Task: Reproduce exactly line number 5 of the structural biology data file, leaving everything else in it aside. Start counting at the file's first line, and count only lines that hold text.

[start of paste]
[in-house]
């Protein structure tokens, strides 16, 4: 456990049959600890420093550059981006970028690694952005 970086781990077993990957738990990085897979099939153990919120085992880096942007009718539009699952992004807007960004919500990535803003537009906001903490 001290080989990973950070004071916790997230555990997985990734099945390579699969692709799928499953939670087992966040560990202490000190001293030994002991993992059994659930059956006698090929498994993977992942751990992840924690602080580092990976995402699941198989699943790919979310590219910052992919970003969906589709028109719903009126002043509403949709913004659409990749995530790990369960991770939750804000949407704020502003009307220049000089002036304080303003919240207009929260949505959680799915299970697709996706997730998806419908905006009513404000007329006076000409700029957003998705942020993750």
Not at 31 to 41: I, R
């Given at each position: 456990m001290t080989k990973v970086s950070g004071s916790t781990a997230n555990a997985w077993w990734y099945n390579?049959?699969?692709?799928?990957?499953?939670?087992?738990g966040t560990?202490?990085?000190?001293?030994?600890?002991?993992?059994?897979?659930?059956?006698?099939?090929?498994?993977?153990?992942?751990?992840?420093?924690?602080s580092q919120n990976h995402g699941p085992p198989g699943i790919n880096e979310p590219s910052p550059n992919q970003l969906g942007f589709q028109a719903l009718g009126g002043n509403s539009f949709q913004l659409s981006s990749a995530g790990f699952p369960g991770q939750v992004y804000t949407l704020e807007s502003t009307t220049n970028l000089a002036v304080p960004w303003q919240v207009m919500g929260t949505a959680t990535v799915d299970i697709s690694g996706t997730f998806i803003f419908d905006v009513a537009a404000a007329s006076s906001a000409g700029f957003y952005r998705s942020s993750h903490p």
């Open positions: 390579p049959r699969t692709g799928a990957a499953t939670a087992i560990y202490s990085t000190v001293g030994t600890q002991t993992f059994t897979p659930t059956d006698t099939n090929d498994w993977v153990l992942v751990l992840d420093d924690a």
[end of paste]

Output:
């Open positions: 390579p049959r699969t692709g799928a990957a499953t939670a087992i560990y202490s990085t000190v001293g030994t600890q002991t993992f059994t897979p659930t059956d006698t099939n090929d498994w993977v153990l992942v751990l992840d420093d924690a």